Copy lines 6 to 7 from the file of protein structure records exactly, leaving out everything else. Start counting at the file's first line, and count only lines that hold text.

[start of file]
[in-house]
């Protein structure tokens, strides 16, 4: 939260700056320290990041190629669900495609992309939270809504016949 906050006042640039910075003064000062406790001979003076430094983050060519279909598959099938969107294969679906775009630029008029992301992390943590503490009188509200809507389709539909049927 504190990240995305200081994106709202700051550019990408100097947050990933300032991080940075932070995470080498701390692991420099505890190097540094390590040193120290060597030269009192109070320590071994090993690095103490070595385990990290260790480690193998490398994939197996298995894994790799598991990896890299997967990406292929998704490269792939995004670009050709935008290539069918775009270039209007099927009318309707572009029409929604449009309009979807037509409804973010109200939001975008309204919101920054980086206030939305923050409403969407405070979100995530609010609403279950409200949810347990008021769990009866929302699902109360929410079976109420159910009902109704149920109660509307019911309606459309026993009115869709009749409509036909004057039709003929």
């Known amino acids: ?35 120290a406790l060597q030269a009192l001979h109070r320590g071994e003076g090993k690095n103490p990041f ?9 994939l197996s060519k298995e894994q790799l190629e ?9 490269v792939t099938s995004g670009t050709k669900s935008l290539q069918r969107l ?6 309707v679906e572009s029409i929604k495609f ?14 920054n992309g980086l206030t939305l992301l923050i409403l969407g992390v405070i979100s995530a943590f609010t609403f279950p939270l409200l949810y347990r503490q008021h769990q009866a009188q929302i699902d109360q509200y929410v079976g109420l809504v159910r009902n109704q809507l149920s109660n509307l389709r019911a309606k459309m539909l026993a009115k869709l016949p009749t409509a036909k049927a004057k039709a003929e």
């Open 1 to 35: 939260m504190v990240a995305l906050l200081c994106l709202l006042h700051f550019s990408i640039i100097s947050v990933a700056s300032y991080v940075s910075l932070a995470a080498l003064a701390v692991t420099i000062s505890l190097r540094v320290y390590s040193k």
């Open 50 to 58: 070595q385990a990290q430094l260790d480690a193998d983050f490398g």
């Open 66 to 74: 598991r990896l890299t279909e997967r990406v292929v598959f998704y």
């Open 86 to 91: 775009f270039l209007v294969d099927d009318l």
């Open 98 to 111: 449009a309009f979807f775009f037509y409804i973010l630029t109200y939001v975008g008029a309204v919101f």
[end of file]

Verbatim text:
């Open 66 to 74: 598991r990896l890299t279909e997967r990406v292929v598959f998704y």
């Open 86 to 91: 775009f270039l209007v294969d099927d009318l």